Bungalows were once one of the most popular house types in Britain. But the one-storey home has declined dramatically in popularity in the last four decades as builders move to maximise the land they have by building up, not out.
However, could bungalows be in line to make a return to the property market? Former Cabinet Minister Nicky Morgan has called for builders to be given financial incentives to start building more ground-level and one-storey homes that are suitable for the elderly and those with mobility issues.
Freeing up larger homes for families
An acute shortage of that type of property means many older people are stuck living in larger houses that are no longer suitable for their physical requirements. A survey by the HomeOwners’ Alliance suggested that half a million people over the age of 55 cannot move because they cannot find or afford more suitable accommodation.
Speaking to the Resolution Foundation think-tank, Miss Morgan suggested building more bungalows would allow older home owners to move, freeing up their properties for families desperate to move to bigger homes.
She said: “We have got to go back to building housing stock that people are going to move into in later life. In the Midlands, there is a desperate shortage of bungalows and suitable accommodation for older people.”
A feature of seaside Britain
Bungalows were first built in the UK in the mid-18th century, the style of home having been imported from India and derived from the word “bangla”, meaning of or belong to Bengal.
Their construction heyday in the UK was the 1920s and 1930s when thousands were built at affordable prices. Bungalows became a feature of not only seaside Britain but also particularly popular in Scotland’s towns and cities.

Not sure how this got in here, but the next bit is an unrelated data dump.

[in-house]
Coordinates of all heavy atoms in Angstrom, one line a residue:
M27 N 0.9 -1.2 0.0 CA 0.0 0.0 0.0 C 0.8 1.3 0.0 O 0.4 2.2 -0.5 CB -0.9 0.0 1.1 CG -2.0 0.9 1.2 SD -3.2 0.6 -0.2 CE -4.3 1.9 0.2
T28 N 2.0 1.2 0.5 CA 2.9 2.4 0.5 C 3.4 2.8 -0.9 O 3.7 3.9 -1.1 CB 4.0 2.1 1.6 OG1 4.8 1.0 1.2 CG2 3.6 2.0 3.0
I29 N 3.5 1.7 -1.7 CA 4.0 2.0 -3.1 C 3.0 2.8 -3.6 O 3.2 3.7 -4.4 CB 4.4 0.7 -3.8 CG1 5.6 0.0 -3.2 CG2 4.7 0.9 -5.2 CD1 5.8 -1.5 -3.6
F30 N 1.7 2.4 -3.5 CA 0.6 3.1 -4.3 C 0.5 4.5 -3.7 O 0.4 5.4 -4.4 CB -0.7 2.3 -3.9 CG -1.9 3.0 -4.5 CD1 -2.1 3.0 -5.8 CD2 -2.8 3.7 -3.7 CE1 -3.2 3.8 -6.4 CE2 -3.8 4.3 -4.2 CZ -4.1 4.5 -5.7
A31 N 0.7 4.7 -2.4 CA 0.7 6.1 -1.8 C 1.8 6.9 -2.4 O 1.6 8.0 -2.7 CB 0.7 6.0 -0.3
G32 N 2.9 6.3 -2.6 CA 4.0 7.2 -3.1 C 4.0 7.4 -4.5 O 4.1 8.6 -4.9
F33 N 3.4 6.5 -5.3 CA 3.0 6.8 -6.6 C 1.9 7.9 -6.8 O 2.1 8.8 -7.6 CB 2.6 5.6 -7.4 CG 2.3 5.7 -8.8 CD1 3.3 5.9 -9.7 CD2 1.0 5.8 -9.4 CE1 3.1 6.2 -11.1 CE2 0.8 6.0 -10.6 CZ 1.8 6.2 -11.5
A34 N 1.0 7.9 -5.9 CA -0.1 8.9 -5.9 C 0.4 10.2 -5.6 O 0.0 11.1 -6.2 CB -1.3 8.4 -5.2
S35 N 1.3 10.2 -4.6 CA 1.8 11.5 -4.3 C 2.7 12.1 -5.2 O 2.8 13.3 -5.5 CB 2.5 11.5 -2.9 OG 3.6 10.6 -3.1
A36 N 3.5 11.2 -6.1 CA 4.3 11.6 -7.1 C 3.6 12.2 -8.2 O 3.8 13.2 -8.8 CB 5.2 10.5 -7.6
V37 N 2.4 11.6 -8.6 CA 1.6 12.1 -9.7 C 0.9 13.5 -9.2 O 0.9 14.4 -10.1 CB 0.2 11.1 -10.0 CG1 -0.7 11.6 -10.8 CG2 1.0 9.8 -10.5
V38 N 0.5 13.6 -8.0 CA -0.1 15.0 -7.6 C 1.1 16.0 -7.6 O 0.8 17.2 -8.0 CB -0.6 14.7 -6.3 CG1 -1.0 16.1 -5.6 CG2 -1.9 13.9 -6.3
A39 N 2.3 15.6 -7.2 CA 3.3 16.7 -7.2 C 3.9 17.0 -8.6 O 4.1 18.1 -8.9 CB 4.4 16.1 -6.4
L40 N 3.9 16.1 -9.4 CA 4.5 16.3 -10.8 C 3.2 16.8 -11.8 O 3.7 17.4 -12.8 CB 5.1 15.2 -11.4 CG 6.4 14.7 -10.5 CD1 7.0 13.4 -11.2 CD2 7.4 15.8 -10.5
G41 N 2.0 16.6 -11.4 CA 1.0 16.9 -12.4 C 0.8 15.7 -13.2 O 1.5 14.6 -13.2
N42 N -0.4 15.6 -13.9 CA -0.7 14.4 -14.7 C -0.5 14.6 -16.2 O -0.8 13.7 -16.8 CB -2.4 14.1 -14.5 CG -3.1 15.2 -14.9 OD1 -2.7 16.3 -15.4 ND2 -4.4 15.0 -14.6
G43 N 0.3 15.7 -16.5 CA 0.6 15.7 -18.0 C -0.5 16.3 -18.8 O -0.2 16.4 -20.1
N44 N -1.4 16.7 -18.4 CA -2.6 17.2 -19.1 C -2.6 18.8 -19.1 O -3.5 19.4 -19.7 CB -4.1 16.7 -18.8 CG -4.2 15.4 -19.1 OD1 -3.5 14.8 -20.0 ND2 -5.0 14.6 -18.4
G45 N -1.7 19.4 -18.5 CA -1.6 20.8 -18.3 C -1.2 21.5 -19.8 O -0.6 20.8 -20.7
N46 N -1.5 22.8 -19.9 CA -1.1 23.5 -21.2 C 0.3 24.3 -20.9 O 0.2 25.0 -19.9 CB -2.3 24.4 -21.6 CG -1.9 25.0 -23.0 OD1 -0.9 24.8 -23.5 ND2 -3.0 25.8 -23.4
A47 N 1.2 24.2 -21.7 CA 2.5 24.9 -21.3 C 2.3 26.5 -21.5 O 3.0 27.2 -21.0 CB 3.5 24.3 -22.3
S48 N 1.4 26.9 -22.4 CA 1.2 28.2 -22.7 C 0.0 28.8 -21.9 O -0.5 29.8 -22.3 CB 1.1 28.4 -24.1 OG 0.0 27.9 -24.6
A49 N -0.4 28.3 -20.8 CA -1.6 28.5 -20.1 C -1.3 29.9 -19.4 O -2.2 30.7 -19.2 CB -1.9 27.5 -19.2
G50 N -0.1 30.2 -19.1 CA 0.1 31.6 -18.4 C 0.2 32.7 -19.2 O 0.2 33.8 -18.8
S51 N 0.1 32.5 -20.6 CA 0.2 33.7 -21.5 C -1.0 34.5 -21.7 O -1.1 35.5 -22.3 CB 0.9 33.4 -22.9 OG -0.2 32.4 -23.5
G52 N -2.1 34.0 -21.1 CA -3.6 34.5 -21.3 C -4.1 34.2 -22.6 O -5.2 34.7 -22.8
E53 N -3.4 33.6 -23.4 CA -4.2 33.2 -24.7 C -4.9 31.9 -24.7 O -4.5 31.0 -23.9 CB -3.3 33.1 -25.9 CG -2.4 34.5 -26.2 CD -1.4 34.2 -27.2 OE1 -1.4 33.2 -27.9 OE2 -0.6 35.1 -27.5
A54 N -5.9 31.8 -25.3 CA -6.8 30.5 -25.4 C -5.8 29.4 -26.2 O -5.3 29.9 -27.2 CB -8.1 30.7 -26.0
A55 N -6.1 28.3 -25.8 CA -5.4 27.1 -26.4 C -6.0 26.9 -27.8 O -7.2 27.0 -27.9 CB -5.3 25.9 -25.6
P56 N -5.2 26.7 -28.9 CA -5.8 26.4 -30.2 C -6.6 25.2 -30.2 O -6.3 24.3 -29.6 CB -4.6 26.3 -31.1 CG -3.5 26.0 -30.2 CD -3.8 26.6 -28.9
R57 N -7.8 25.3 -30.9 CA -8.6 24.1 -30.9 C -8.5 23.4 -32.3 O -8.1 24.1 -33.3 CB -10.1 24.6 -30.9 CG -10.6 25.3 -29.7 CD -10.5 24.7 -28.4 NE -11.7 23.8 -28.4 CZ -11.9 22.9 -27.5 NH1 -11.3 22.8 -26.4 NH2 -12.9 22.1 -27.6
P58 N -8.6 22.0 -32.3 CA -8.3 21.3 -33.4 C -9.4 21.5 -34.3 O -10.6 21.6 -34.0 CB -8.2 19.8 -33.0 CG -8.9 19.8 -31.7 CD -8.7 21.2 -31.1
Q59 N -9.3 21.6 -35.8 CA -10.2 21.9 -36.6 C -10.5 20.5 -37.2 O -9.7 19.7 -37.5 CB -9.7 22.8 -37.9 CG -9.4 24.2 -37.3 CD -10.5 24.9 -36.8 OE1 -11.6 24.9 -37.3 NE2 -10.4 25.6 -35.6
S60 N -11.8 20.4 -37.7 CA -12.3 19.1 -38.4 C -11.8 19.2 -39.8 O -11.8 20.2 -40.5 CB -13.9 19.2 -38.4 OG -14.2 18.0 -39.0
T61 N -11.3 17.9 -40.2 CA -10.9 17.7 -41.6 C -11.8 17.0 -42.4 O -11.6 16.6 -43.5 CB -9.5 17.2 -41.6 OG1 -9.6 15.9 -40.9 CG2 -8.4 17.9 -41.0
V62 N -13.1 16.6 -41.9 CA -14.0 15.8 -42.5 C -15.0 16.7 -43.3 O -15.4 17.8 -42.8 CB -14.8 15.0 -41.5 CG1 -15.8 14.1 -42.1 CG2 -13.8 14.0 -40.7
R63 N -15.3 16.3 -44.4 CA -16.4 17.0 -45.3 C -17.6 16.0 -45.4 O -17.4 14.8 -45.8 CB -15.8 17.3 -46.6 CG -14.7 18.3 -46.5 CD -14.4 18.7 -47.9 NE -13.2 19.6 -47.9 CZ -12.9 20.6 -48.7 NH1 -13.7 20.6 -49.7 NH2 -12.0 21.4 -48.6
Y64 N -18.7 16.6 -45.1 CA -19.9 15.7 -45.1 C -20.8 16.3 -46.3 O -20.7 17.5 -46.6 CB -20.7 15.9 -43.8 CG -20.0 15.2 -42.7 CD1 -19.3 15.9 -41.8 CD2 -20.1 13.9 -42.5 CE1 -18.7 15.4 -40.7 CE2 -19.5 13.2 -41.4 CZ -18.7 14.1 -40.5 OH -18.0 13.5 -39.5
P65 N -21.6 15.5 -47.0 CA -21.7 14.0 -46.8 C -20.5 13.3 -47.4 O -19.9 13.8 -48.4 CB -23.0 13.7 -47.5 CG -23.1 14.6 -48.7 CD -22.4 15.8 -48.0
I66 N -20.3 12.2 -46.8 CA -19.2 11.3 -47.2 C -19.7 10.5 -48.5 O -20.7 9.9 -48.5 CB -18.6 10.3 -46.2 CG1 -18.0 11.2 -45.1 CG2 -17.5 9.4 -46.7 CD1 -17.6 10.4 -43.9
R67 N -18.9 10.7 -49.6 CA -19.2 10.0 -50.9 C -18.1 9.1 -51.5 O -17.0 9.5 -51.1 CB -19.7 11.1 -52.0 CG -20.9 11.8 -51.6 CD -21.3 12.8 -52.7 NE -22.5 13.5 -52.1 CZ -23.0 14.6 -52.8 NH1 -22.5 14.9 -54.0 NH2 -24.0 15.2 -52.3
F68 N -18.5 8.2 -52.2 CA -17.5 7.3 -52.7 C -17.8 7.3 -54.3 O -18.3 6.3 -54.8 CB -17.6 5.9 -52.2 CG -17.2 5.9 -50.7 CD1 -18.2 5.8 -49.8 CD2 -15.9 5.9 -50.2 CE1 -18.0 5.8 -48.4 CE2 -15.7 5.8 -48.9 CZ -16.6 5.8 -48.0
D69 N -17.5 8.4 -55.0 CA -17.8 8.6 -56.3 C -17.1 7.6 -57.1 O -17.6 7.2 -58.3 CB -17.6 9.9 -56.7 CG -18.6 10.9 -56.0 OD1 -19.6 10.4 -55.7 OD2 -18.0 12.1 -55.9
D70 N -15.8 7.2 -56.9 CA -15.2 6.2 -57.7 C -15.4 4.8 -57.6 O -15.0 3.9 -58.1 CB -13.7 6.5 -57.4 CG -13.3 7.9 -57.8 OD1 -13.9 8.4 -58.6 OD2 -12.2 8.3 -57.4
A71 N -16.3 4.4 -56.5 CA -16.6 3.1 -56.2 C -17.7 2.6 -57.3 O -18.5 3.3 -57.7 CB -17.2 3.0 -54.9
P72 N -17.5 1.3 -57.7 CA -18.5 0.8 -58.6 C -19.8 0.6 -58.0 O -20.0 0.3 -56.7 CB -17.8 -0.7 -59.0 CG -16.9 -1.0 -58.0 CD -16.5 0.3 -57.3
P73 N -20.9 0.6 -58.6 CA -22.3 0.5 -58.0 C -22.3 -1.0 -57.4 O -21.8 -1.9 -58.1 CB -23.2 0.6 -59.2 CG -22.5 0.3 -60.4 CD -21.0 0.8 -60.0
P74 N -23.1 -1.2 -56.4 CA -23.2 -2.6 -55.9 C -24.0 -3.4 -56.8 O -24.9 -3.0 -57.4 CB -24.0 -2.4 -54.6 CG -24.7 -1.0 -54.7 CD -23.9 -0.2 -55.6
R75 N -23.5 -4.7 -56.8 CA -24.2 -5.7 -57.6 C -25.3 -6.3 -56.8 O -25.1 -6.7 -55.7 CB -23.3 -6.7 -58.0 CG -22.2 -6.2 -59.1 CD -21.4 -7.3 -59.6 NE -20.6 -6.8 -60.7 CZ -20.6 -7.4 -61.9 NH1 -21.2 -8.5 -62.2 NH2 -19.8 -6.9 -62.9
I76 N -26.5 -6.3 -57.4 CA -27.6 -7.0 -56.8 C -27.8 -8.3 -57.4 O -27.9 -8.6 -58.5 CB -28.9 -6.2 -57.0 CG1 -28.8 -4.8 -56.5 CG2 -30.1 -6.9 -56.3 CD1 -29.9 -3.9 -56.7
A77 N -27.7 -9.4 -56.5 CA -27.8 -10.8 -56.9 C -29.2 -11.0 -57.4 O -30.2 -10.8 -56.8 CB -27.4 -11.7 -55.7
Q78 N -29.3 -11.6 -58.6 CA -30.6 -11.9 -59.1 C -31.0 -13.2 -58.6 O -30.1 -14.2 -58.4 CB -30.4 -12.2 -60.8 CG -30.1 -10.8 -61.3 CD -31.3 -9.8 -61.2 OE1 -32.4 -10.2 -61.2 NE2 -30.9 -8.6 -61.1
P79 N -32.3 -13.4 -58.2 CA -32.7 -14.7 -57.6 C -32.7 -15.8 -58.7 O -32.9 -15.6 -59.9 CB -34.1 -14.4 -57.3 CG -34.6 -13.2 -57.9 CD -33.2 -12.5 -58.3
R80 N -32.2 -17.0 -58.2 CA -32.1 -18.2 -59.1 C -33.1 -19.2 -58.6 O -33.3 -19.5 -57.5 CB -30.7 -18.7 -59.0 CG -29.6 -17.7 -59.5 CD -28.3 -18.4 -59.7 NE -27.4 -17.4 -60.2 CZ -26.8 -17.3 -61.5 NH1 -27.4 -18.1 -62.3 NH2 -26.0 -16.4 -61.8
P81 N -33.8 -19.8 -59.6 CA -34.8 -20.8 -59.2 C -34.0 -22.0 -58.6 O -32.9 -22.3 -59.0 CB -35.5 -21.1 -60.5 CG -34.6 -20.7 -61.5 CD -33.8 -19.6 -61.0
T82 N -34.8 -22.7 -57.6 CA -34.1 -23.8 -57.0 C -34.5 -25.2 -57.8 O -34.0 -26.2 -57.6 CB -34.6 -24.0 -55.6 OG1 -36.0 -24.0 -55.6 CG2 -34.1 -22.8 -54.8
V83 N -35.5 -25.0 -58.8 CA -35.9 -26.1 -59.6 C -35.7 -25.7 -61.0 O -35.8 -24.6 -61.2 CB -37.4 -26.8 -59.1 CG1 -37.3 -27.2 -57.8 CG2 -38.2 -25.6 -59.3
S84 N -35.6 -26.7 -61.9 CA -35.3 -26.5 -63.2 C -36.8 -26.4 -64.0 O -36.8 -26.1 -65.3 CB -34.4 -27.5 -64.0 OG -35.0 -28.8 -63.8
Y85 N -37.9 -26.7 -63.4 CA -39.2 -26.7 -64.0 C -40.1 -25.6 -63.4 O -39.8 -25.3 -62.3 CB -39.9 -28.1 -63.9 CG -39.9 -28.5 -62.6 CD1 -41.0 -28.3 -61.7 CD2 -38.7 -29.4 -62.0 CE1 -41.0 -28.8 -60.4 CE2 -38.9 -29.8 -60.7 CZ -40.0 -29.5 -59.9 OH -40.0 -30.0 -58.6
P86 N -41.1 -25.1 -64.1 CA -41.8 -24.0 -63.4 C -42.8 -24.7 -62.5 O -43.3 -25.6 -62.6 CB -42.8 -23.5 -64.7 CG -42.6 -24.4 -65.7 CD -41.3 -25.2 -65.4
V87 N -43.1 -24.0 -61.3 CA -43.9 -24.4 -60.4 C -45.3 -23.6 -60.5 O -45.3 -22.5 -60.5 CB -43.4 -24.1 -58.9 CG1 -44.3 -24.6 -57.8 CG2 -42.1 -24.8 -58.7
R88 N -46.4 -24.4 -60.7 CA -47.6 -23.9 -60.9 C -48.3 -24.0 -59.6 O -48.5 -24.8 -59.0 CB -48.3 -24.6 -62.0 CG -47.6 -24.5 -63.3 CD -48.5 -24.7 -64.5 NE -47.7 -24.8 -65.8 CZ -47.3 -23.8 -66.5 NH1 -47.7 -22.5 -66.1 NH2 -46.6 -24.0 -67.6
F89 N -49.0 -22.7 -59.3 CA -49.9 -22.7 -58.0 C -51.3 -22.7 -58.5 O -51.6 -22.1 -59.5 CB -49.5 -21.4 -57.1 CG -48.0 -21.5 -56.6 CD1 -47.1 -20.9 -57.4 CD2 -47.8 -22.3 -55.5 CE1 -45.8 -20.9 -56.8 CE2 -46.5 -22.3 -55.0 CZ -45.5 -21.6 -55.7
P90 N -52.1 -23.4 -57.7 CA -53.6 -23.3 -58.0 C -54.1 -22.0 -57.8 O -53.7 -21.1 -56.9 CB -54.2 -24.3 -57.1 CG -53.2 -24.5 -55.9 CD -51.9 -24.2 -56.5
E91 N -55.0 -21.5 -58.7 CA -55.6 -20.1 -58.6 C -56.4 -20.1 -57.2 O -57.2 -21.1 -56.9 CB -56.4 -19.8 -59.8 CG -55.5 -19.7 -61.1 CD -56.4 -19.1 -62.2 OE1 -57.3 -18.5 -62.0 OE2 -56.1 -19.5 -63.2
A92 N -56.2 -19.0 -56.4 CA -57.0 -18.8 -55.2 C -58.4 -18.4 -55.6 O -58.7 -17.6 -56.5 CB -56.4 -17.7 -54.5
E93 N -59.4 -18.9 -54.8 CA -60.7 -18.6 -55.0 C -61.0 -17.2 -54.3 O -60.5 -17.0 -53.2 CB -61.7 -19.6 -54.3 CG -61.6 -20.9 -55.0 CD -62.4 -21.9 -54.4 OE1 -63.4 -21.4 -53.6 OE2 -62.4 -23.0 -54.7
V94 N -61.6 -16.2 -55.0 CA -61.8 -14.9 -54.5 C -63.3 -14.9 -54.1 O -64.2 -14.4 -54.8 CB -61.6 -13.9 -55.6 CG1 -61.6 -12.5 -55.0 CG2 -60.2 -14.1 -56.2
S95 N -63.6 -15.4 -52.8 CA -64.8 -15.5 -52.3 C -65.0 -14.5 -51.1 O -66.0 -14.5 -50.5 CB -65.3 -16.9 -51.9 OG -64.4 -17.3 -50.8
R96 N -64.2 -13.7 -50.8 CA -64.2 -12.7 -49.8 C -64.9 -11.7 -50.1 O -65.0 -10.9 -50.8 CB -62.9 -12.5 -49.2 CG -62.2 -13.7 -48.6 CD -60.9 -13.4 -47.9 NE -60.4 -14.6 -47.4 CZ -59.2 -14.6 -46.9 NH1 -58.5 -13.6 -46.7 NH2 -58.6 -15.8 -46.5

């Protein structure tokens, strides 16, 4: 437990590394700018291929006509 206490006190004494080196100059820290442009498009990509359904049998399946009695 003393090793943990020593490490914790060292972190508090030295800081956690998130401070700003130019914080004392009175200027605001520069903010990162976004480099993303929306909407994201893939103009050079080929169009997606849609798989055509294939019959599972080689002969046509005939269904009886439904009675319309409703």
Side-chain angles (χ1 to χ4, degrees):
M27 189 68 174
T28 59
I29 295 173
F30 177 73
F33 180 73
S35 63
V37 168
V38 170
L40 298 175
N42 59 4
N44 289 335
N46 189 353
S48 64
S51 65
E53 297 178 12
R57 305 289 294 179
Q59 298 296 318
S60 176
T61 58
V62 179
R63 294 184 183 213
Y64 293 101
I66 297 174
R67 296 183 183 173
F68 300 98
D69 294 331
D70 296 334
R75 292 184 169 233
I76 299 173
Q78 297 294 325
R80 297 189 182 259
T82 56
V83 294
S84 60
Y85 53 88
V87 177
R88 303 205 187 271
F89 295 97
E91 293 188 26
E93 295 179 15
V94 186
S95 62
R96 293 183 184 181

In post-war Britain, another 150,000 prefab bungalows were erected to house those left homeless by wartime bombing campaigns.
However, builders wanting more land bang for their buck have turned away from building bungalows, preferring to villas, detached or semi-detached, and terraced townhouses that provide a greater return. In 1996, 7 percent of new homes were bungalows. By 2014, that figure had dropped to 1 percent, according to the National House Building Council.
That means the surviving bungalows are in high demand from buyers.
Attracting the ‘younger-older’ market
McCarthy & Stone, the specialists in retirement living, are among the builders investigating the possibility of bringing back bungalows.
Its director of land and planning, Gary Day, said the company was trying to diversify the type of properties it creates because the average age of a buyer of its homes has risen from 70 to 79 in the last three decades. To make their homes appealing to what he calls the “younger older” market, different types of developments are required.
He said: “Most of our new bungalows are going to be part of larger schemes including different kinds of property… These are designed to meet the aspirations of this group of people.”